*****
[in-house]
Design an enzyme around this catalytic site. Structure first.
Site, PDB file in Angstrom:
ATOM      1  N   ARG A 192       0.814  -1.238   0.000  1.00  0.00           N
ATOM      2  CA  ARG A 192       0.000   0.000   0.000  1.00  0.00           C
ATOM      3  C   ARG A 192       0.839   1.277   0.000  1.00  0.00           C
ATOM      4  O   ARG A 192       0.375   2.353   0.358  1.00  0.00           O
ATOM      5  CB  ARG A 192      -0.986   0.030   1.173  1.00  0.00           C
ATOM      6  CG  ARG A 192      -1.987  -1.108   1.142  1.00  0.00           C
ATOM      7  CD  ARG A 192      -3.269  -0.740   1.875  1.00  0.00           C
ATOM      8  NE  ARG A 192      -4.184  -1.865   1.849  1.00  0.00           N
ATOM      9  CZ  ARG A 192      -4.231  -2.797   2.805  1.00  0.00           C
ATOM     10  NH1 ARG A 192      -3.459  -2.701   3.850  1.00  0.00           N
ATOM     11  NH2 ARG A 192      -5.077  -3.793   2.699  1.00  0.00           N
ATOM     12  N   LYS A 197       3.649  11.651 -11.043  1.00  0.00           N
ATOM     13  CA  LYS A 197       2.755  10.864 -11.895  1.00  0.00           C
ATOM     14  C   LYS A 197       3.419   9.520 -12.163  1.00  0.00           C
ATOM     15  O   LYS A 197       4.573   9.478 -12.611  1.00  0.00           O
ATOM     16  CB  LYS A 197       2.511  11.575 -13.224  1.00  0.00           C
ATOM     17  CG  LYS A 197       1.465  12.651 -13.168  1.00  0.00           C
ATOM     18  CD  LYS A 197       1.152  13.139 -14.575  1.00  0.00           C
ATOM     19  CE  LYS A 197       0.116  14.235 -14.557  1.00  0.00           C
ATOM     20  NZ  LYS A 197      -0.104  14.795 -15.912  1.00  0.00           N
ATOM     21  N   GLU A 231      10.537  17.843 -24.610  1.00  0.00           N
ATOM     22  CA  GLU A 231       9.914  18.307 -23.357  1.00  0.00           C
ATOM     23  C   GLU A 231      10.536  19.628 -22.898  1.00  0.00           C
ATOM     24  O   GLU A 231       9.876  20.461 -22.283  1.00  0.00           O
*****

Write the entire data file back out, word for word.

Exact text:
[in-house]
Design an enzyme around this catalytic site. Structure first.
Site, PDB file in Angstrom:
ATOM      1  N   ARG A 192       0.814  -1.238   0.000  1.00  0.00           N
ATOM      2  CA  ARG A 192       0.000   0.000   0.000  1.00  0.00           C
ATOM      3  C   ARG A 192       0.839   1.277   0.000  1.00  0.00           C
ATOM      4  O   ARG A 192       0.375   2.353   0.358  1.00  0.00           O
ATOM      5  CB  ARG A 192      -0.986   0.030   1.173  1.00  0.00           C
ATOM      6  CG  ARG A 192      -1.987  -1.108   1.142  1.00  0.00           C
ATOM      7  CD  ARG A 192      -3.269  -0.740   1.875  1.00  0.00           C
ATOM      8  NE  ARG A 192      -4.184  -1.865   1.849  1.00  0.00           N
ATOM      9  CZ  ARG A 192      -4.231  -2.797   2.805  1.00  0.00           C
ATOM     10  NH1 ARG A 192      -3.459  -2.701   3.850  1.00  0.00           N
ATOM     11  NH2 ARG A 192      -5.077  -3.793   2.699  1.00  0.00           N
ATOM     12  N   LYS A 197       3.649  11.651 -11.043  1.00  0.00           N
ATOM     13  CA  LYS A 197       2.755  10.864 -11.895  1.00  0.00           C
ATOM     14  C   LYS A 197       3.419   9.520 -12.163  1.00  0.00           C
ATOM     15  O   LYS A 197       4.573   9.478 -12.611  1.00  0.00           O
ATOM     16  CB  LYS A 197       2.511  11.575 -13.224  1.00  0.00           C
ATOM     17  CG  LYS A 197       1.465  12.651 -13.168  1.00  0.00           C
ATOM     18  CD  LYS A 197       1.152  13.139 -14.575  1.00  0.00           C
ATOM     19  CE  LYS A 197       0.116  14.235 -14.557  1.00  0.00           C
ATOM     20  NZ  LYS A 197      -0.104  14.795 -15.912  1.00  0.00           N
ATOM     21  N   GLU A 231      10.537  17.843 -24.610  1.00  0.00           N
ATOM     22  CA  GLU A 231       9.914  18.307 -23.357  1.00  0.00           C
ATOM     23  C   GLU A 231      10.536  19.628 -22.898  1.00  0.00           C
ATOM     24  O   GLU A 231       9.876  20.461 -22.283  1.00  0.00           O